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Centripetal Force, Gravity and Normal

  • Thread starter Biloon
  • Start date
1. The problem statement, all variables and given/known data
image.png


2. Relevant equations
[itex]F_{c} = \frac{mv^{2}}{r}[/itex]


3. The attempt at a solution

I think the normal force would be the magnitude of vector sum of centripetal force and gravitational force. So I did:

[itex]N = \sqrt{(\frac{mv^{2}}{r})^{2} + (mg)^{2}}[/itex]

However, it isn't one of the answer choice. The actual answer is (c), and I have got no clue why it is (c).

I could imagine why answer is:
(a) Since mg is perpendicular to point Q, normal force is only [itex]\frac{mv^{2}}{r}[/itex]
(b) if calculated from the highest tip of the circle...

but where does [itex]2mg[/itex] comes from!?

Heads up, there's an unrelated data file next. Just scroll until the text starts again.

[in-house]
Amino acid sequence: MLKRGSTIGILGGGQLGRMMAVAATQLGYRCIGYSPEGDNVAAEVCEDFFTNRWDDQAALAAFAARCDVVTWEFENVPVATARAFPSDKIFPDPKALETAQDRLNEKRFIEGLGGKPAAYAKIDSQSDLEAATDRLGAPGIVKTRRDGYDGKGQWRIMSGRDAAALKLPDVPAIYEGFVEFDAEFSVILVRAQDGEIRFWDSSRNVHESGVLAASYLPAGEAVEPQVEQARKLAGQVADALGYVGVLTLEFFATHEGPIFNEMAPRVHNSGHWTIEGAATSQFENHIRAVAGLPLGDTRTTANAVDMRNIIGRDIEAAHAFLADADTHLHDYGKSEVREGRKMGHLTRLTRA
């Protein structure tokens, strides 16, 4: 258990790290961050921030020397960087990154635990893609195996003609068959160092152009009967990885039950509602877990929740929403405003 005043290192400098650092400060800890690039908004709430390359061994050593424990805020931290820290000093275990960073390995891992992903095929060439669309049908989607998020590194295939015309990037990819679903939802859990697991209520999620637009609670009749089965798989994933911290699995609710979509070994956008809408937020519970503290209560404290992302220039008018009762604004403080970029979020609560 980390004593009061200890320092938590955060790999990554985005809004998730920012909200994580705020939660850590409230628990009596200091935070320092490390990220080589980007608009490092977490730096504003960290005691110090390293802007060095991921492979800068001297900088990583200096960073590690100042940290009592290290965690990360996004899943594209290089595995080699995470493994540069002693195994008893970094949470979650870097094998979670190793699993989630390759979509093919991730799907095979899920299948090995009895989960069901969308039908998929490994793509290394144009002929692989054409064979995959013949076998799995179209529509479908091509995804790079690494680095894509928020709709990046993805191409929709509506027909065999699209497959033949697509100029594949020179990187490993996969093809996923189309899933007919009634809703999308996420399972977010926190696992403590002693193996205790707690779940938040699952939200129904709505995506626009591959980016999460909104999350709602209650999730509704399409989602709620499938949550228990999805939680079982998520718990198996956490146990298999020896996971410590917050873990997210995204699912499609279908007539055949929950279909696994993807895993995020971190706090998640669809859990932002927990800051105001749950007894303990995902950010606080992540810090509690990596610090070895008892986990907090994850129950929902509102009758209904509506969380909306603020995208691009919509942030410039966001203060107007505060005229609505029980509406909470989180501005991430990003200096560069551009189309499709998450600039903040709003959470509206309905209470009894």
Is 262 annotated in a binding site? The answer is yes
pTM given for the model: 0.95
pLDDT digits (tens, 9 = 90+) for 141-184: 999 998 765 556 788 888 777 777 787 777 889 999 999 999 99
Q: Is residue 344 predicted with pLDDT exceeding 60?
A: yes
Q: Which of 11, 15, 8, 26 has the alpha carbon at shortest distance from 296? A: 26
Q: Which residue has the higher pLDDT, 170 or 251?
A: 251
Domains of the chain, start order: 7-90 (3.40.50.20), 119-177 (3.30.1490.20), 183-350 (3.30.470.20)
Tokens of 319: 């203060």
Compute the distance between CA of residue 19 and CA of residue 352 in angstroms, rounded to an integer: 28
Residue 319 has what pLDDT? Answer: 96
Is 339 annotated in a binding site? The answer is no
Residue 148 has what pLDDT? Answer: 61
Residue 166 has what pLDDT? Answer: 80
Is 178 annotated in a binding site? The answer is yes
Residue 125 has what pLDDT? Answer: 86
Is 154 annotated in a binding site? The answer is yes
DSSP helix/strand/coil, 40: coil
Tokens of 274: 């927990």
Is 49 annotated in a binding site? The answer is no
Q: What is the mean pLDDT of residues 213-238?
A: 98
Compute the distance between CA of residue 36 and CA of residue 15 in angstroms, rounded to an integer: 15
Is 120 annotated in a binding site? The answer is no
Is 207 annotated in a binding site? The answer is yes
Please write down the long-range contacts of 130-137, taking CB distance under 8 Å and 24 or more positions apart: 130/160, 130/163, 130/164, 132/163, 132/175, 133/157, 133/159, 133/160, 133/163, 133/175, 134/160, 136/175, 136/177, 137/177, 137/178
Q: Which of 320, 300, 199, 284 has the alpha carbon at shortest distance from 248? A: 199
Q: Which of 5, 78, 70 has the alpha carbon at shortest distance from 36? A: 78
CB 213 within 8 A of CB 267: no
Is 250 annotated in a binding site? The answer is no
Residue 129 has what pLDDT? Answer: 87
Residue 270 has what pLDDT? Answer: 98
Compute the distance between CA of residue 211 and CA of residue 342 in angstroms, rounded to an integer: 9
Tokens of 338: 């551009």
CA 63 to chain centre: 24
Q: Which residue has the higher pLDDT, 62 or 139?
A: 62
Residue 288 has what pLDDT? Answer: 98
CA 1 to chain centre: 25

Thank in advance.
 

CWatters

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The -2mg part originally comes from the KE converted to PE.

Try writing an equation for the energy of the ball at Q.
 
Oh thanks, so we approach this problem using conservation of energy.

let v = initial velocity

We have this at Point Q:
KE = KE' + PE..

1/2mv^2 = 1/2mv'^2 + mgr.

mv^2/r - 2mg = mv'^2/r

We also have Force at point Q:
Fn = Fc = mv'^2/r = mv^2/r - 2mg
 

CWatters

Science Advisor
Homework Helper
Gold Member
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Yes that how I got the book answer.
 

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